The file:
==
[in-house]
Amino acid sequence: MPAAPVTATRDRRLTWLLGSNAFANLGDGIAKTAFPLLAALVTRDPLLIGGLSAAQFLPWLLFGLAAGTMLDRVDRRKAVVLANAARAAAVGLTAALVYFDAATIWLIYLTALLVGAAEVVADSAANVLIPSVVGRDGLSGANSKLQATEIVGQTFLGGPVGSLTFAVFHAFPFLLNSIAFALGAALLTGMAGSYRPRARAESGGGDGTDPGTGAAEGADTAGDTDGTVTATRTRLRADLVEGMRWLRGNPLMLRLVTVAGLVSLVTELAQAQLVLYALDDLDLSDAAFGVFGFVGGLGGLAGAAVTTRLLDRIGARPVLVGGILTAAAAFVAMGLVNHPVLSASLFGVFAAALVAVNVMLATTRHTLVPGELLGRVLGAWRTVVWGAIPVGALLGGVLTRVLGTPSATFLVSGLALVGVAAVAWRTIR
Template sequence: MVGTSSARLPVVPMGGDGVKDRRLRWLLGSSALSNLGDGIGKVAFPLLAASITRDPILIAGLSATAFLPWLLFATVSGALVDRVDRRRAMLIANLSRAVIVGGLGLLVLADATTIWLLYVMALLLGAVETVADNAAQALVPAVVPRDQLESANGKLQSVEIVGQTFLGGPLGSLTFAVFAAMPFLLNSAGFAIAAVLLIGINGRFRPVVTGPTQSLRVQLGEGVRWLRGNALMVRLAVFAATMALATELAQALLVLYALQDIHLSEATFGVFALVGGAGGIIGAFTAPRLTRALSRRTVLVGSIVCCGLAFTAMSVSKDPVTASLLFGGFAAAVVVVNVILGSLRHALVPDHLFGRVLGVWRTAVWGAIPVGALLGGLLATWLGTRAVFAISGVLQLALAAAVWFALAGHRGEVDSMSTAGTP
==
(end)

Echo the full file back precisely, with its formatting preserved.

[in-house]
Amino acid sequence: MPAAPVTATRDRRLTWLLGSNAFANLGDGIAKTAFPLLAALVTRDPLLIGGLSAAQFLPWLLFGLAAGTMLDRVDRRKAVVLANAARAAAVGLTAALVYFDAATIWLIYLTALLVGAAEVVADSAANVLIPSVVGRDGLSGANSKLQATEIVGQTFLGGPVGSLTFAVFHAFPFLLNSIAFALGAALLTGMAGSYRPRARAESGGGDGTDPGTGAAEGADTAGDTDGTVTATRTRLRADLVEGMRWLRGNPLMLRLVTVAGLVSLVTELAQAQLVLYALDDLDLSDAAFGVFGFVGGLGGLAGAAVTTRLLDRIGARPVLVGGILTAAAAFVAMGLVNHPVLSASLFGVFAAALVAVNVMLATTRHTLVPGELLGRVLGAWRTVVWGAIPVGALLGGVLTRVLGTPSATFLVSGLALVGVAAVAWRTIR
Template sequence: MVGTSSARLPVVPMGGDGVKDRRLRWLLGSSALSNLGDGIGKVAFPLLAASITRDPILIAGLSATAFLPWLLFATVSGALVDRVDRRRAMLIANLSRAVIVGGLGLLVLADATTIWLLYVMALLLGAVETVADNAAQALVPAVVPRDQLESANGKLQSVEIVGQTFLGGPLGSLTFAVFAAMPFLLNSAGFAIAAVLLIGINGRFRPVVTGPTQSLRVQLGEGVRWLRGNALMVRLAVFAATMALATELAQALLVLYALQDIHLSEATFGVFALVGGAGGIIGAFTAPRLTRALSRRTVLVGSIVCCGLAFTAMSVSKDPVTASLLFGGFAAAVVVVNVILGSLRHALVPDHLFGRVLGVWRTAVWGAIPVGALLGGLLATWLGTRAVFAISGVLQLALAAAVWFALAGHRGEVDSMSTAGTP